Conviction (Goldwyn, 2010)

Hilary Swank and Sam Rockwell

Based on an inspiring true story, Tony Goldwyn’s Conviction opens this week. But is it an inspiring movie? This review originally appeared at Christianity Movies & TV.

Conviction comes with the tagline that it is based on an “incredible true story.” Not all great stories make for great movies though.

The true story, which is pretty incredible, belongs to Betty Anne Waters and her brother Kenny. When Kenny was convicted of murder, Betty resolved to put herself through law school in order to take up his case and, ultimately, appeal his conviction. This process takes years, because Betty had to first earn her GED and then make it through undergraduate education, which she did while working primarily as a waitress.

The pitch sounds like a “can’t miss” movie, and Minnie Driver, Juliette Lewis, and Melissa Leo combine with Swank and Rockwell to give the film a cast that is truly impressive. That the film is not more engaging can be attributed to two script and direction problems.

First, television dramas aside, the legal process is not inherently dramatic. A trial has moments of drama, yes, but Conviction is not really a courtroom drama. The bulk of Betty Anne’s legal work that is shown in the film involves talking to people on the phone and visiting her brother in prison. That the most dramatic moment in the film comes off camera and that we learn about it after the fact rather than see it may be a testament to the film’s verisimilitude, but it may also leave audiences wanting a drama rather than a civics lesson feeling a bit cheated.

The bigger problem with filming this narrative, though, is structural. Contemporary narrative film as a temporal, visual medium is good at showing action, immediacy, and consequence. It is generally less successful at capturing faithfulness, constancy, or persistence—qualities that demonstrate themselves, and grow in scope and meaning, over long passages of time. Conviction avoids the most stale and clichéd way of compressing time, that of the montage set to stirring music, but its plot arc is very repetitive. Betty’s husband tells her to give up, but she keeps going. Betty has problems going to law school and working to support herself at the same time (her nasty law professor won’t let her hand in a paper that is ten seconds) but buckles down and keeps going. Betty’s kids feel neglected and ask to go live with their dad; Betty bites her lip, sends them off, collapses in tears, picks herself up, and keeps going. Betty’s best friend questions whether or not she has done everything she can, so Betty fights with her and keeps going.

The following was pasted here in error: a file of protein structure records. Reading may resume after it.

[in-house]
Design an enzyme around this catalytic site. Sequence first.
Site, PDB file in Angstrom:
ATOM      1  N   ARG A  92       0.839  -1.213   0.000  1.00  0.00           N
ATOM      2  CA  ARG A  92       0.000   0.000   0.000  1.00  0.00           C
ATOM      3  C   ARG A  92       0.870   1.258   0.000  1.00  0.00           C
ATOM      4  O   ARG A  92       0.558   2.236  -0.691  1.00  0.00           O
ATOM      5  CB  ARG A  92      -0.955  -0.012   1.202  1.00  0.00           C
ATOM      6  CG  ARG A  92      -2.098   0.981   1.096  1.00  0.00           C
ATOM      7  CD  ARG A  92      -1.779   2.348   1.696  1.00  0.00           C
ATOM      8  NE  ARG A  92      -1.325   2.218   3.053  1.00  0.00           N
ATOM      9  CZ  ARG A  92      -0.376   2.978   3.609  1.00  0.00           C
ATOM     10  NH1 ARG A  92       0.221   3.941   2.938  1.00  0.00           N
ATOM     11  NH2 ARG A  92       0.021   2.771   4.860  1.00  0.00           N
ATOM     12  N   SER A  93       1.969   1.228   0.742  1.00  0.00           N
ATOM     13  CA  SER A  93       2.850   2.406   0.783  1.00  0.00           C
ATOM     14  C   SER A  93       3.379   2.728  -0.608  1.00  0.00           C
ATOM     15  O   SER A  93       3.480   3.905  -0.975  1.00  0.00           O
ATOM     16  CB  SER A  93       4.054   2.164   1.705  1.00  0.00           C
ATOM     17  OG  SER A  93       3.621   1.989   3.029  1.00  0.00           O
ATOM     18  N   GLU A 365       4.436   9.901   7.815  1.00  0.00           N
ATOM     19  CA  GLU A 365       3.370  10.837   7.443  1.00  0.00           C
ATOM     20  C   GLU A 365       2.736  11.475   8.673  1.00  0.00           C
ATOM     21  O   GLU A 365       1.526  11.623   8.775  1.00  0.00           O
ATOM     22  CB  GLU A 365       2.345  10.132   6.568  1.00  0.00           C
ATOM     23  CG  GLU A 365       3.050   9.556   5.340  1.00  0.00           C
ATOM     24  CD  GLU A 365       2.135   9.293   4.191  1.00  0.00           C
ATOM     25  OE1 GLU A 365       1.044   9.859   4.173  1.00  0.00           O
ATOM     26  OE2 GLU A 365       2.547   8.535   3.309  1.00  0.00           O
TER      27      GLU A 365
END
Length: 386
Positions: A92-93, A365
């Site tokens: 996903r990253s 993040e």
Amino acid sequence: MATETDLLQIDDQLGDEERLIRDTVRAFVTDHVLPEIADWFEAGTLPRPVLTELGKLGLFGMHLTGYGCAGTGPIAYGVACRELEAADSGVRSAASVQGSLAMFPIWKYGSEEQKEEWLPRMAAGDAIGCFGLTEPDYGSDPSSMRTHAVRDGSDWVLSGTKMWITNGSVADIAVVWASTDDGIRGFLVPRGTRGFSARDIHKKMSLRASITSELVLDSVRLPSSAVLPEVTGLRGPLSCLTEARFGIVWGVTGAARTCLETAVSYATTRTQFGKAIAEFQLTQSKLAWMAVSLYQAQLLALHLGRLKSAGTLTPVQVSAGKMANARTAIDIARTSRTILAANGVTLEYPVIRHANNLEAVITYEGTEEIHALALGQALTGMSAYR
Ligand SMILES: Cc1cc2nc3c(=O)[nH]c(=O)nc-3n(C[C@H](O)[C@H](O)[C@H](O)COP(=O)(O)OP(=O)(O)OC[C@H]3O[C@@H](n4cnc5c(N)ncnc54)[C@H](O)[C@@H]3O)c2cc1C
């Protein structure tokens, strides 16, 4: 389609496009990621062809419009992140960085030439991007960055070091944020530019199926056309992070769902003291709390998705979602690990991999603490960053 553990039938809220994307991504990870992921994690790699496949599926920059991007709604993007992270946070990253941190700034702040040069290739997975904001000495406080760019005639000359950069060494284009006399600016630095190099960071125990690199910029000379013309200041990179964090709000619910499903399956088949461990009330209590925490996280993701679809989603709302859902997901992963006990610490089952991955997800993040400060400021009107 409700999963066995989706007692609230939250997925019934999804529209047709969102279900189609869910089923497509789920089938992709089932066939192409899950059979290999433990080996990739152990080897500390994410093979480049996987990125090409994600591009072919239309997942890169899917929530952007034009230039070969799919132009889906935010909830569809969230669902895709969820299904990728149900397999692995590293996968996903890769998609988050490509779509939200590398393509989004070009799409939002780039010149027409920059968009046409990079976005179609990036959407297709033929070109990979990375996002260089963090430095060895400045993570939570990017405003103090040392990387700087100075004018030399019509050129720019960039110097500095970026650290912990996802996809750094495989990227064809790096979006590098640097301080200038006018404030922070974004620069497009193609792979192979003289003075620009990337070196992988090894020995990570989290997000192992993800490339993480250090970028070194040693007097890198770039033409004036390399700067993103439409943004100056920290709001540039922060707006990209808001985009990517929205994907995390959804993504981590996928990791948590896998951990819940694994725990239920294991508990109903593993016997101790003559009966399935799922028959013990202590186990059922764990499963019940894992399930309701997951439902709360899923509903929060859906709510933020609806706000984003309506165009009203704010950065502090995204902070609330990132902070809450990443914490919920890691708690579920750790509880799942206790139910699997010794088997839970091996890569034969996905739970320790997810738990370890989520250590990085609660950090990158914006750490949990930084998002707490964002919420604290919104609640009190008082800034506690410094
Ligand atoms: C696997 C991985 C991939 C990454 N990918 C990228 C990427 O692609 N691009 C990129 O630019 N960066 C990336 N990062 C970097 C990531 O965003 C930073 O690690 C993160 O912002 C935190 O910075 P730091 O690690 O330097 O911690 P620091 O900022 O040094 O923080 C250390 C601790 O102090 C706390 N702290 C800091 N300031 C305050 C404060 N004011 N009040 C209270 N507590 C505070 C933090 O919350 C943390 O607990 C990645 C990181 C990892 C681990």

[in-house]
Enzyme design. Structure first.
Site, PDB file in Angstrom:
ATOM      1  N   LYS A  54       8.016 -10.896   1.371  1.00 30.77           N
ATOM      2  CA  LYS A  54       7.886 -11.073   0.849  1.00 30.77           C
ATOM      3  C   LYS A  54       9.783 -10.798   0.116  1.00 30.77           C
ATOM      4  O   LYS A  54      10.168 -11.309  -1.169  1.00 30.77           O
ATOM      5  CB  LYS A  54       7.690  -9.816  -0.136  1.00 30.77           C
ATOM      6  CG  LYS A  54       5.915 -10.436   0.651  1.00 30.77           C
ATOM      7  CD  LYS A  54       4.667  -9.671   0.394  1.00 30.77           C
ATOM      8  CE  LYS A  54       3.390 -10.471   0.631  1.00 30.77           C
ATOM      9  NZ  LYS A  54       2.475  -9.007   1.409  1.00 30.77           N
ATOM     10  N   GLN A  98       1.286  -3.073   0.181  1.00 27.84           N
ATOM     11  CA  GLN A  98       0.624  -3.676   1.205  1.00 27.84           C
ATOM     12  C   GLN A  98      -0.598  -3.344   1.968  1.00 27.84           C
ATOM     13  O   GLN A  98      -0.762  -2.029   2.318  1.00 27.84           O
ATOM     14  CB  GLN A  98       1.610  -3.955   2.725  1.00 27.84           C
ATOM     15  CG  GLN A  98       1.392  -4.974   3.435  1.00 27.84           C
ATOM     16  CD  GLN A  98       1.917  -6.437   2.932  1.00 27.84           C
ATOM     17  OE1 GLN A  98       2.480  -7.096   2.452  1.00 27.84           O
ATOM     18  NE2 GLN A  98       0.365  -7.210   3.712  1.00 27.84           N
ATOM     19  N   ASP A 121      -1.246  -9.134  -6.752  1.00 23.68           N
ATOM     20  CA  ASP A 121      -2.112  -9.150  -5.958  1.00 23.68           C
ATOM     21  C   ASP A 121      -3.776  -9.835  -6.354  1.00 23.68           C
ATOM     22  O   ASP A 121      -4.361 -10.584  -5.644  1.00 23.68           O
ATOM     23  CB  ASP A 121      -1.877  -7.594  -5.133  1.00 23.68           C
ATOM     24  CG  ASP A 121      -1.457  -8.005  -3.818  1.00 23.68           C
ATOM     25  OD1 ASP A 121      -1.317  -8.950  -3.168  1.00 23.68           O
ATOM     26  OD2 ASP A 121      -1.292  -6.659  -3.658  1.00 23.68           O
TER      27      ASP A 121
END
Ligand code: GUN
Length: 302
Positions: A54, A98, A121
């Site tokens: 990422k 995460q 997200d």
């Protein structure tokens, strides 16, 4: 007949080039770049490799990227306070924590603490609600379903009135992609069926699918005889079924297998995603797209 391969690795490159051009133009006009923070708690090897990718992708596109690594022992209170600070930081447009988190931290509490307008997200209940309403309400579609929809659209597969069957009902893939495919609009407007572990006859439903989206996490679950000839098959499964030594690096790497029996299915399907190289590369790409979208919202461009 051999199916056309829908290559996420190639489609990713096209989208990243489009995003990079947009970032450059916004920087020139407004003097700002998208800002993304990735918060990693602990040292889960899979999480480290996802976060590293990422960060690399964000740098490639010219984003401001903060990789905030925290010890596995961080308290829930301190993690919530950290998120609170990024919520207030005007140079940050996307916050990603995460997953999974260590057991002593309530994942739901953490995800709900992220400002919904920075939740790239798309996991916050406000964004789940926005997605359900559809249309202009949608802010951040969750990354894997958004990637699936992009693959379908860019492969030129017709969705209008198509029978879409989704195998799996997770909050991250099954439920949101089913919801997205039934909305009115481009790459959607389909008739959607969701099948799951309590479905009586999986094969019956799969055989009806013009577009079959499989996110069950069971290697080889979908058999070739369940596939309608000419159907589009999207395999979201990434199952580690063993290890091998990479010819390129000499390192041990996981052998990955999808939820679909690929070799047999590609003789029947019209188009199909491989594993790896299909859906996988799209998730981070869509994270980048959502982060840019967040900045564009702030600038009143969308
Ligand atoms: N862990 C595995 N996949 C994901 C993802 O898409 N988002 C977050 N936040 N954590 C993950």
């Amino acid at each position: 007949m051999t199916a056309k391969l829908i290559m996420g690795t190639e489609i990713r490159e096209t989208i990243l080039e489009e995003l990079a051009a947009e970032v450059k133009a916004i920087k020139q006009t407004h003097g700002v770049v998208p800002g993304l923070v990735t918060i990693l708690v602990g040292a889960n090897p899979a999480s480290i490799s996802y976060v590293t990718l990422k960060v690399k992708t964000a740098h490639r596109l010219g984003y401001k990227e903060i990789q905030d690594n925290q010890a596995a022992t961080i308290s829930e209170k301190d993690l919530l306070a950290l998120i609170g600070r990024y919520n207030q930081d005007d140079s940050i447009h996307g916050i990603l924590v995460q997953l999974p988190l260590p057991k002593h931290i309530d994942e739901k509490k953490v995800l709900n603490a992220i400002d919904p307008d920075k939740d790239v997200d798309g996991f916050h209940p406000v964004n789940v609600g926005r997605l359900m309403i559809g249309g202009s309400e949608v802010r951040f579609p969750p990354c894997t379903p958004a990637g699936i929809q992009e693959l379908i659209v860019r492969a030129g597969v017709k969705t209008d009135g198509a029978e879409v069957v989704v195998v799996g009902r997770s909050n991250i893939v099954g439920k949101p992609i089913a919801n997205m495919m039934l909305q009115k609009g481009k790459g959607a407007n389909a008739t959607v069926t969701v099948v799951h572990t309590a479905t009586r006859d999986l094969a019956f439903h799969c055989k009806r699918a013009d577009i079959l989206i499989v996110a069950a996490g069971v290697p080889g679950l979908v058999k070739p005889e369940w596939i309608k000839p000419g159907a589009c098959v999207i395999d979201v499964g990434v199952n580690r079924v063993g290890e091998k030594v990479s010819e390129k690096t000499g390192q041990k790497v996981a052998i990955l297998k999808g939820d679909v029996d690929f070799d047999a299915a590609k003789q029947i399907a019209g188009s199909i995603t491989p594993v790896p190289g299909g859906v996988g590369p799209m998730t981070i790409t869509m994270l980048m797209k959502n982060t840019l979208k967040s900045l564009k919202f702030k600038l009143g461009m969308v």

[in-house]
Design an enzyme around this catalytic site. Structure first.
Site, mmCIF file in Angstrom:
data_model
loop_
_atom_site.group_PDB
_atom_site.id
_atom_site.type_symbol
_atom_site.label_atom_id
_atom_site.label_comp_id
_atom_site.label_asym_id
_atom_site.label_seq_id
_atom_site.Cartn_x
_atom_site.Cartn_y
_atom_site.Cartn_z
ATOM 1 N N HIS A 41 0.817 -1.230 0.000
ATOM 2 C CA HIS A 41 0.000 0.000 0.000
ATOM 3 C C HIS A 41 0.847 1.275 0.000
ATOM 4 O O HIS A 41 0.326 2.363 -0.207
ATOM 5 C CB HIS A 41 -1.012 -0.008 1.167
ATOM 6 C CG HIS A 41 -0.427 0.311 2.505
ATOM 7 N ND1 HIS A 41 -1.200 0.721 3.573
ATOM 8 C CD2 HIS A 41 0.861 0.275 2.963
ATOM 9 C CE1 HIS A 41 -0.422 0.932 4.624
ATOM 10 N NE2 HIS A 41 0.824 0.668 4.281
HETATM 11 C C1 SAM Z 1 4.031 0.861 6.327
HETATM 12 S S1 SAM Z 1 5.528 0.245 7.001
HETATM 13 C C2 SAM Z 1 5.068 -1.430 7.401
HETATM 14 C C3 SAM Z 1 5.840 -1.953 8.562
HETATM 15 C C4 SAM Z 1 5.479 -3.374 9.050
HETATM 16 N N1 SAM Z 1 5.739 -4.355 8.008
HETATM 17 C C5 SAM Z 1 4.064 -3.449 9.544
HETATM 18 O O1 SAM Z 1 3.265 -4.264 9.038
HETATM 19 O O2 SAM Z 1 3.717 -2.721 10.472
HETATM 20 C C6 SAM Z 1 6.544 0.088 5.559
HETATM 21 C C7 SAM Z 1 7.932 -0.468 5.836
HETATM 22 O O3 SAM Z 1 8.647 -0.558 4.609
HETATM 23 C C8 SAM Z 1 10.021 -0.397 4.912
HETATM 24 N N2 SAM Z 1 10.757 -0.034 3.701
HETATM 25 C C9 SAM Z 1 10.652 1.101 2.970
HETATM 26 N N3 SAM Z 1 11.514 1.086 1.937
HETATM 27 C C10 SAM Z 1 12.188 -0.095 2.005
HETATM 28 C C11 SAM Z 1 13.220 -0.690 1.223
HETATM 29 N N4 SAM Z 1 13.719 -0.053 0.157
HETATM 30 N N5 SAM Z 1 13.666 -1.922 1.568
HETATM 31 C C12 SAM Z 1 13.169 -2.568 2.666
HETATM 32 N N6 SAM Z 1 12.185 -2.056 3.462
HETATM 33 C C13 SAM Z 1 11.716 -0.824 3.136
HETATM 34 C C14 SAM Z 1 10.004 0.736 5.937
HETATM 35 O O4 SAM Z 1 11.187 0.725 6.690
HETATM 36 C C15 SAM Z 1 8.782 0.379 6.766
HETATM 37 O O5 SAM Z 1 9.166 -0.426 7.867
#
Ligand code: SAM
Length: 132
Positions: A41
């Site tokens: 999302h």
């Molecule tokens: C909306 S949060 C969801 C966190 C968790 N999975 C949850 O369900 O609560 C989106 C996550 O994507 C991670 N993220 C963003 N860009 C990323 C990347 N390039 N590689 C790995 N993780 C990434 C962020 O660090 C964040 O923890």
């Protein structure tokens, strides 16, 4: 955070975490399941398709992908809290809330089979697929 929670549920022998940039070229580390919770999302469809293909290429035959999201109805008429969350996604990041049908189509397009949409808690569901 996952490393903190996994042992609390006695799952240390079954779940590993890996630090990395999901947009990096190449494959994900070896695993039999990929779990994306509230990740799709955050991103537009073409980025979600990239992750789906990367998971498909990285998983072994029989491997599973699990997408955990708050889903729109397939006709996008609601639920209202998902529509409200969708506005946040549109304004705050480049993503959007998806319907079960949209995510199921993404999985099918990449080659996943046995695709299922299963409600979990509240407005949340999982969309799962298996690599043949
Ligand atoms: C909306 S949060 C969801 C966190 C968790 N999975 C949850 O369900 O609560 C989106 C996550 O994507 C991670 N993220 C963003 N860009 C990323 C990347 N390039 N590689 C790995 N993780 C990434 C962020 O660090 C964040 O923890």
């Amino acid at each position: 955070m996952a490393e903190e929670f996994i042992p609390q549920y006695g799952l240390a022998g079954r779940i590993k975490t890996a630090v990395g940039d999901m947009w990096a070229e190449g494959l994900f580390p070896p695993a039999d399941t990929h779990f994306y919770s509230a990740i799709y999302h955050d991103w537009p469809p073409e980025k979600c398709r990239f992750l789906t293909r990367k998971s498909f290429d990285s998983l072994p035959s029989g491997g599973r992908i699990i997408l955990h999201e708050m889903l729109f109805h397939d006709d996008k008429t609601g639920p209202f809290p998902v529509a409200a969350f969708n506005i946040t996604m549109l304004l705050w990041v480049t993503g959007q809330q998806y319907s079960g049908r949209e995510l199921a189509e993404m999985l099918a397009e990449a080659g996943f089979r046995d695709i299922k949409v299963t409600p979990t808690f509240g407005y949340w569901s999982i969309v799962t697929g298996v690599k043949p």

These actions, these sacrifices, would certainly carry more weight if there were any dramatic tension attached to them, but in part because the film is based on a true story, most thoughtful viewers, even if they haven’t seen the film’s trailer that gives away ninety-five percent of the plot, will know already that Betty is not going to quit. I am certainly glad that she did not, and the fact that she did not makes her an admirable woman about whom a very interesting film could probably be made. Conviction is geared too much towards reviewing what happened to her and Kenny and not enough towards giving us insight into how they were able to accomplish and endure what they did. We are shown flashbacks of Betty and Kenny as children which hint that Betty may be fueled by survivor’s guilt and a gratitude for Kenny’s protectiveness of her as a child, but these are handled pretty perfunctorily.

The depiction of the Waters’s background is also illustrative of the way in which the film foregrounds the personal issues in but largely sidesteps the sociopolitical issues raised by the story. It is clear enough that director Tony Goldwyn wants to make an inspirational film and not a polemic, but the relative absence of a larger context is something that actually mutes some of the story’s impact. Each obstacle in the process of overturning the conviction becomes a personal hurdle that an extraordinary person has to overcome, and at no point, even after the film brings in Barry Scheck and the Innocence Project, does Waters’s case ever really become emblematic of endemic failures in the legal system or a reminder of the scores of others who have been exonerated by DNA evidence.

The late Gene Siskel used to say that he would often ask himself if a film sounded more or less interesting than an hour of watching its actors talking over lunch. Conviction is a respectful and, in many ways, laudable film that will probably draw attention to an important issue. That said, I left the theater with the feeling that an hour watching Betty Anne or Kenny Waters discuss their experiences over lunch would have given me the same amount of information and a lot more understanding.

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